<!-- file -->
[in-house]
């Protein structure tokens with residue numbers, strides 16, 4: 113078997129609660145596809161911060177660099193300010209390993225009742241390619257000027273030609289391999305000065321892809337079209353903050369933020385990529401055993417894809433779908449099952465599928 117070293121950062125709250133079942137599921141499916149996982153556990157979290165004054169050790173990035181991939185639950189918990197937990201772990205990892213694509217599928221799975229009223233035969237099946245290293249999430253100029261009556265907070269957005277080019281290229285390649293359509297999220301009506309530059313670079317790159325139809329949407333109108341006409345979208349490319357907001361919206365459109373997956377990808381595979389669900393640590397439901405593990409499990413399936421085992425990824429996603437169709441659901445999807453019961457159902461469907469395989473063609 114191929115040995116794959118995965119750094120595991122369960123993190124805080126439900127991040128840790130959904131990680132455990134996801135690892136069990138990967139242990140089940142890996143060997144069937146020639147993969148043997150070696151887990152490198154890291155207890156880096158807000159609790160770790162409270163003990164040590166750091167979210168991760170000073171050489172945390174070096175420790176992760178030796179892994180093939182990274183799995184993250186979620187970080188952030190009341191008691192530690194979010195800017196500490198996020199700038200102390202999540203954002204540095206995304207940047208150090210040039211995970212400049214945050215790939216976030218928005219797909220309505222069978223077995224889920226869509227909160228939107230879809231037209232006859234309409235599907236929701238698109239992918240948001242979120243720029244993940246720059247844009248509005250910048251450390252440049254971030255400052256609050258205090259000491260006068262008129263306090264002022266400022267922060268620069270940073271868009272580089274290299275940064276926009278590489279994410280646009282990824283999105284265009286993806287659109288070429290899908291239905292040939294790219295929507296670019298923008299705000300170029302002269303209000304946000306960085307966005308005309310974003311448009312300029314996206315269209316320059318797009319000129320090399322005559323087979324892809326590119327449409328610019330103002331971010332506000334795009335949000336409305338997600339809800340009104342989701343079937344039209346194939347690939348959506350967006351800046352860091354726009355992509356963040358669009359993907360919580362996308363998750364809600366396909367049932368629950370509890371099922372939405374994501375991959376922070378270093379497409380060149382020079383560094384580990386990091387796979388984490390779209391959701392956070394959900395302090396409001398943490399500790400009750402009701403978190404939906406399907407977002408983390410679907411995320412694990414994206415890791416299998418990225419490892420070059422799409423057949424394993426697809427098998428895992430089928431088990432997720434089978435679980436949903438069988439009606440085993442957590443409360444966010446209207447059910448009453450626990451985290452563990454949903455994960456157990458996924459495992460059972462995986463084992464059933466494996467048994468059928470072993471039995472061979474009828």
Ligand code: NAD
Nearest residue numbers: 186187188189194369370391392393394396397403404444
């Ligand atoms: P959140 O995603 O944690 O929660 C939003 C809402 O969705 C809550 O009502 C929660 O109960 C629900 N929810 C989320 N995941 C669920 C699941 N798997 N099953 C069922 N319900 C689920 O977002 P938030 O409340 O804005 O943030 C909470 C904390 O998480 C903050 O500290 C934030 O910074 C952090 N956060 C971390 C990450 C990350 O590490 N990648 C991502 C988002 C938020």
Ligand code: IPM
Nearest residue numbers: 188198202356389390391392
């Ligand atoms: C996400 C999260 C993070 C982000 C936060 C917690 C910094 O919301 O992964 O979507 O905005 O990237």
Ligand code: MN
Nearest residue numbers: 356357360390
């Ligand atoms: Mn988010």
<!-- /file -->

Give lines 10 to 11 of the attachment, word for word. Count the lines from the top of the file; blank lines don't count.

Nearest residue numbers: 356357360390
């Ligand atoms: Mn988010």